Tips, tricks and recipes to make your feasts and fetes more French, from the New York Times bestselling author of Lunch in Paris and Picnic in Provence.
When Elizabeth Bard, a New Yorker raised on Twizzlers and instant mac and cheese, fell for a handsome Frenchman and moved to Paris, she discovered a whole new world of culinary delights. First in Paris, then in a tiny village in Provence, Elizabeth explored the markets, incorporating new ingredients and rituals into her everyday meals and routines.
After 15 years of cooking in her own French kitchen, making French friends -- and observing her slim and elegant French mother-in-law -- Elizabeth has gathered a treasure trove of information that has radically changed her own eating habits for the better. She realized that what most Americans call "dieting" -- smaller portions, no snacking, a preference for seasonal fruits and vegetables, and limited sugar -- the French simply call "eating." And they do it with pleasure, gusto, and flair.
With wit, sound advice, and easy-to-follow recipes, Bard lets her readers in on a range of delightful -- and useful -- French secrets to eating and living well, including hunger as the new foreplay, the top five essential French cooking tools and 15 minute meals popular throughout France, and the concept of benevolent dictatorship: why French kids eat veggies, and how to get yours to eat them, too. Whether you're ready for a complete kitchen transformation or simply looking for dinner party inspiration, Dinner Chez Moi is a fun, practical, and charming how-to guide that will add a dash of joie de vivre to your kitchen -- and your life!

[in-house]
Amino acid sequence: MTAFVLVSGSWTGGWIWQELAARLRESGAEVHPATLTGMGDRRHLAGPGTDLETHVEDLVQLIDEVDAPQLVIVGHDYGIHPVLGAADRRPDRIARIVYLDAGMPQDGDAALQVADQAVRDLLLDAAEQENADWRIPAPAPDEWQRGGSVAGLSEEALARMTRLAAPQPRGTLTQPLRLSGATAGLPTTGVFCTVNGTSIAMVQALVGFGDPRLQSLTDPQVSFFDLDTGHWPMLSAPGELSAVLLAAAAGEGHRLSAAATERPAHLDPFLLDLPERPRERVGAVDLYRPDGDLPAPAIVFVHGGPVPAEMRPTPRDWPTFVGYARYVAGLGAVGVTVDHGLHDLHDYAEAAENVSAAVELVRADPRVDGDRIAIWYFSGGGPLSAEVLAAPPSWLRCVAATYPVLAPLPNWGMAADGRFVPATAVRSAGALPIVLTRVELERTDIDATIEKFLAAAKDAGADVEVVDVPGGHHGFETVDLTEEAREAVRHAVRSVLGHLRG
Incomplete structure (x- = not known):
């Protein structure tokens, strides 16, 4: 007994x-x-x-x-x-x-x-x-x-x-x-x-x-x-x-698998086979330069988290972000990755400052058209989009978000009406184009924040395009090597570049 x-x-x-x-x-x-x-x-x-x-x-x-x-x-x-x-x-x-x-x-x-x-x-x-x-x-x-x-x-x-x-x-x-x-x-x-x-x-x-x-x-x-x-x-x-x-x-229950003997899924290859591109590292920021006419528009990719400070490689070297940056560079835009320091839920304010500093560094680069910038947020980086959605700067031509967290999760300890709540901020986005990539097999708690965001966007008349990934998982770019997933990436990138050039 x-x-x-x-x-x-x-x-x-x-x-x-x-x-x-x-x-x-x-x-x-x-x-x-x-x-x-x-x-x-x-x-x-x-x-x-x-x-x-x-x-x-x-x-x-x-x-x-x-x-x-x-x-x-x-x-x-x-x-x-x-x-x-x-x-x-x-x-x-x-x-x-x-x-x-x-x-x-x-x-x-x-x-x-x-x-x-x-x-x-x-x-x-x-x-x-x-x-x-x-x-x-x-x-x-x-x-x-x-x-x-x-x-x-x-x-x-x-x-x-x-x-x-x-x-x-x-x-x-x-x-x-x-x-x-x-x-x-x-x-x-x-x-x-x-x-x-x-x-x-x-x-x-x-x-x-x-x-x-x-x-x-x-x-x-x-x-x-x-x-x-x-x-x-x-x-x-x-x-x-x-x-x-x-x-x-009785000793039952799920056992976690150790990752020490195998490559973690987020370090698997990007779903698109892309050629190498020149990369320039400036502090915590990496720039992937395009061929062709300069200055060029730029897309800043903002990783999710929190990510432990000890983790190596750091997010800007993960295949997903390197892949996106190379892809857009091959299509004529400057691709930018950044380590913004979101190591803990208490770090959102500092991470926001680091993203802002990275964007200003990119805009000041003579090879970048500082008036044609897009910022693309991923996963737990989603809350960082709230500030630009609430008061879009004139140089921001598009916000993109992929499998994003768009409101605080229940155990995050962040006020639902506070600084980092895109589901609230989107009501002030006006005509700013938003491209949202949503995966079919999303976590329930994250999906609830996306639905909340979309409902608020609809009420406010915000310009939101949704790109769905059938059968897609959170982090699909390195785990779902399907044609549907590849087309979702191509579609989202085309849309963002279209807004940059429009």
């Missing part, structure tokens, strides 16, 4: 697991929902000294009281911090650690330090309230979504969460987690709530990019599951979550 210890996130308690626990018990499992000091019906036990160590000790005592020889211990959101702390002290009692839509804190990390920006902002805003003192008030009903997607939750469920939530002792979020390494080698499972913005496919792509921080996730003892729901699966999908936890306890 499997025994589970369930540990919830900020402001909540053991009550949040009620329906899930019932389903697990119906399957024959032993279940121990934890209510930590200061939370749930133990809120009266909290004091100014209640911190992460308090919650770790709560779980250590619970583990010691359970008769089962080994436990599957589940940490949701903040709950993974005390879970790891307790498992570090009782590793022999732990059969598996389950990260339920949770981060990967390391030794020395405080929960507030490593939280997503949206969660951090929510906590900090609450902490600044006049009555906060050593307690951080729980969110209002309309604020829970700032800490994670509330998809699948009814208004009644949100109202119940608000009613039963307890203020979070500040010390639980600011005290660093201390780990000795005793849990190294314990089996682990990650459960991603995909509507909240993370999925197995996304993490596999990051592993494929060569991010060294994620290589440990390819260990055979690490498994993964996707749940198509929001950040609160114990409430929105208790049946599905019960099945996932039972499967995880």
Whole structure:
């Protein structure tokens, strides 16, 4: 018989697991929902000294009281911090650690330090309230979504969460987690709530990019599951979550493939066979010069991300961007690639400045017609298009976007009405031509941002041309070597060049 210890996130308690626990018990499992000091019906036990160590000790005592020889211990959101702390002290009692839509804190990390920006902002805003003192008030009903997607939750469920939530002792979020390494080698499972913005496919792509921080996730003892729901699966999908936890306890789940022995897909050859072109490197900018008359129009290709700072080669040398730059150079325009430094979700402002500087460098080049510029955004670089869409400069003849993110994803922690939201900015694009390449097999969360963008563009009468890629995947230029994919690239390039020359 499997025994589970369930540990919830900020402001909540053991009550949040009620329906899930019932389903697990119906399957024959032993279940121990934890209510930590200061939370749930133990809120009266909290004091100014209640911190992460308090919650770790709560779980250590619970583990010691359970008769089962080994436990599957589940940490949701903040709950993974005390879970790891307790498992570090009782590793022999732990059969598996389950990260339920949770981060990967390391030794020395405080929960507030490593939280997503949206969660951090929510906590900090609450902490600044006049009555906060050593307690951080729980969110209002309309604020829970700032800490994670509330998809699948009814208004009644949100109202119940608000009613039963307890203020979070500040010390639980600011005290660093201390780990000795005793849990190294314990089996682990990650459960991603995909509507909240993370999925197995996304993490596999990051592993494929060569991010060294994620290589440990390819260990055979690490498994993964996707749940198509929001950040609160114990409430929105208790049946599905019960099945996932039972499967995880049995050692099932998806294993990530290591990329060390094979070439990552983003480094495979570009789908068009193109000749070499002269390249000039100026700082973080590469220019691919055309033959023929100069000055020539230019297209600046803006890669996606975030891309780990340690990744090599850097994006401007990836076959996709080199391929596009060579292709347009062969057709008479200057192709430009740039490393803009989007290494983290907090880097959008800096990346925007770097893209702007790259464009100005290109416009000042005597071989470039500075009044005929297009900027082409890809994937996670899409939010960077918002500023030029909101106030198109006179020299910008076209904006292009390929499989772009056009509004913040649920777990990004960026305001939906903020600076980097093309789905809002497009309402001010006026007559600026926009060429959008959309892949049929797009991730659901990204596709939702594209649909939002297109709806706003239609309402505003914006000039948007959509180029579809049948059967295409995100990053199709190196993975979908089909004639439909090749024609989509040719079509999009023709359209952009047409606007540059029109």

Bard's inspiring cookbook explains how to cultivate French-style eating habits that encourage healthy thinness along with essential joie de vivre. Bard (Lunch in Paris), raised in an American home where processed cheese and bottled salad dressing were staples, has the enthusiastic zeal of a convert to her French husband's ways. The true secret of her 50 secrets is really a willingness to apply self-discipline to ingredients, equipment, rituals, and family the categories into which she's divided her hints. Olive oil is number one, and hardly revelatory; wine and dark chocolate are equally unsurprising, though her advice to combine a square of the latter with herbal tisane to hydrate and curb appetite is hard-core insider knowledge. The ingredient-specific recipes are solid, authentic French home cooking, introduced with stories of discovery: one taste of her mother-in-law's mayonnaise transformed her from mayo hater to firm advocate. How food is consumed is as important as the meal content. Sitting down to eat together and not snacking through the day are approachable goals; conquering American portion sizes will be the real French revolution.